Col·lectiu Emma - Explaining Catalonia

Wednesday, 28 january 2015 | VilaWeb


Catalonia approves special status for Occitan Val d’Aran, including its right to self-determination

It also recognise its ‘Occitan national reality’


The Catalan Parliament approved on Wednesday the Law on the Val d’Aran’s special status within Catalonia, recognising its “Occitan national reality” and its right to self-determination. This small Pyrenean valley, surrounded by high peaks and located in Catalonia’s north-western corner, is the last land where the Occitan language is widely spoken, although it is called Aranese there. The Val d’Aran County has had a certain degree of self-rule within Catalonia since 1990, further recognised with the Catalan Statute of Autonomy from 2006. In addition, since September 2010, Aranese is Catalonia’s third official language, being the preferred language in this county in the middle of the Pyrenees. The law approved this Wednesday develops and consolidates the Val d’Aran’s special regime, with its own powers of self-rule and structures. In order to enter into force, it will have to be approved through referendum by the less than 11,000 inhabitants of the valley, which should take place in 6 months time. Despite the important step forwards in the Val d’Aran’s self-rule, controversial aspects such as its specific funding scheme and electoral system have not been approved through this bill and have been kept aside for further debate. Regarding the funding scheme, the new law provides that it will have to be bilaterally discussed with the Catalan Government and updated within the next 3 years.

The new law has been approved with the full support of 80% of the Catalan Parliament, receiving the votes from the governing centre-right pro-Catalan State coalition CiU, the left-wing Catalan independence party ERC, the Catalan socialist party PSC, the Catalan green socialist and post-communist coalition ICV-EUiA and the alternative-left and radical independence party CUP. The remaining 20% of MPs have partially backed the bill or they have voted against it. The Spanish nationalist and conservative People’s Party (PP), which runs the Spanish Government, has backed some parts of the bill. However, the anti-Catalan nationalism and populist party Ciutadans (C’s) has opposed it.

Their main reasons for opposing the bill has been the recognition of Val d’Aran’s right to self-determination, its right to decide its own collective future independently from the rest of Catalonia. The PP and the C’s are the only parties in the Catalan Parliament opposed to Catalonia’s right to self-determination, and they are also opposed to recognising that right for the Val d’Aran. Furthermore, they have also objected to the recognition of its “Occitan national reality” and its “historical rights”. Such points of the bill were voted on separately and a round of applause spontaneously started after their approval.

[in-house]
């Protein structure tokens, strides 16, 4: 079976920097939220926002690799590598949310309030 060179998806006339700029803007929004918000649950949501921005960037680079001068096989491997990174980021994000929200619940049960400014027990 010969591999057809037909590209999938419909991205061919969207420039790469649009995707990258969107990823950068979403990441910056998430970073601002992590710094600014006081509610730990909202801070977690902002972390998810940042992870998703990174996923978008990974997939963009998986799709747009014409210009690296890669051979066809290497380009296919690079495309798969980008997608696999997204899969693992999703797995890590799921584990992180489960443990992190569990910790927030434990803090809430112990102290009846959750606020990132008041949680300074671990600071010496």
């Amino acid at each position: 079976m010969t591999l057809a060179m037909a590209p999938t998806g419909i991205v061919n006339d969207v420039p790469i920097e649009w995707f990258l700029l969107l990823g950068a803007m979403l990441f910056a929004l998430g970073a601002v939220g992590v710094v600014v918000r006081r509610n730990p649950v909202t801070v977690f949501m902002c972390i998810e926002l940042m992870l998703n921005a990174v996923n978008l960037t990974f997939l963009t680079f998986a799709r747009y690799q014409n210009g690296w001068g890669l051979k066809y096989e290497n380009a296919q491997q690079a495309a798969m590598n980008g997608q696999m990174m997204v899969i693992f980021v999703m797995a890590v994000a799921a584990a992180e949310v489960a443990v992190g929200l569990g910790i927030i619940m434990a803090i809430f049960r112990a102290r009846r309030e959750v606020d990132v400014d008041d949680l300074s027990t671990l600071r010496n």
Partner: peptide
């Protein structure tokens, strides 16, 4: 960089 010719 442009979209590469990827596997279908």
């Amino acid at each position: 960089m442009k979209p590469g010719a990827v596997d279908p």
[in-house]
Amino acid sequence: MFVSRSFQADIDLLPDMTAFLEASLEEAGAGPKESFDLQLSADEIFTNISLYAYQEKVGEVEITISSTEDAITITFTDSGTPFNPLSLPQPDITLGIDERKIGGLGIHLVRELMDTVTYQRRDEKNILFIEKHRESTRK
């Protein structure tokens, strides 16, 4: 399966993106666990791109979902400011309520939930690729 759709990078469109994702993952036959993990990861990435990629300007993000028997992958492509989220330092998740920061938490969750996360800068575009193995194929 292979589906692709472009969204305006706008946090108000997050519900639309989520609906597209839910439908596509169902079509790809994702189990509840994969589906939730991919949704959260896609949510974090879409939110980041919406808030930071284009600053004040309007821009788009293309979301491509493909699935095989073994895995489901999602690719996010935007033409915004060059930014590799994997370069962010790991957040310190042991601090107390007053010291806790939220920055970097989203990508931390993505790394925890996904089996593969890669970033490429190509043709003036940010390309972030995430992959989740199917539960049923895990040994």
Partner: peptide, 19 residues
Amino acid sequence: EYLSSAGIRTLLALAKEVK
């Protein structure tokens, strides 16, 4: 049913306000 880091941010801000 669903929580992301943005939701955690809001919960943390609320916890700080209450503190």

Carles Barrera, the Val d’Aran’s Main Trustee – which is the County’s main representative, was present at the Catalan Parliament during the new law’s approval. After the vote he welcomed the new bill. “Today is quite a happy day for the Aranese people”, he stated. According to him, the new regime fulfils the “legitimate aspirations” of the Aranese citizens. He highlighted that the new law recognises the Val d’Aran’s “own identity” within Catalonia and grants the territory and its citizens the right to freely decide on their own political and collective future. “Catalan parliamentary groups have deeply internalised the right to self-determination. In a democratic state, everybody must have the freedom to decide and give its opinion”, he added.

The new law recognises the “Occitan national reality”, which comes with a cultural, historical, geographic and linguistic reality as well. The new special regime protects the valley’s own particularities and also recognises its historical right. The Aranese people will also have the right to decide how they want to govern themselves and the public structures they want to have, as well as their relationship with Catalonia. The bill also includes the Val d’Aran 6 administrative divisions as well as its flag, shield, national day and anthem. In addition, Aranese will be the preferred language used by the public administrations there.
CNA (Catalan National Agency)

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Col·lectiu Emma - Explaining Catalonia

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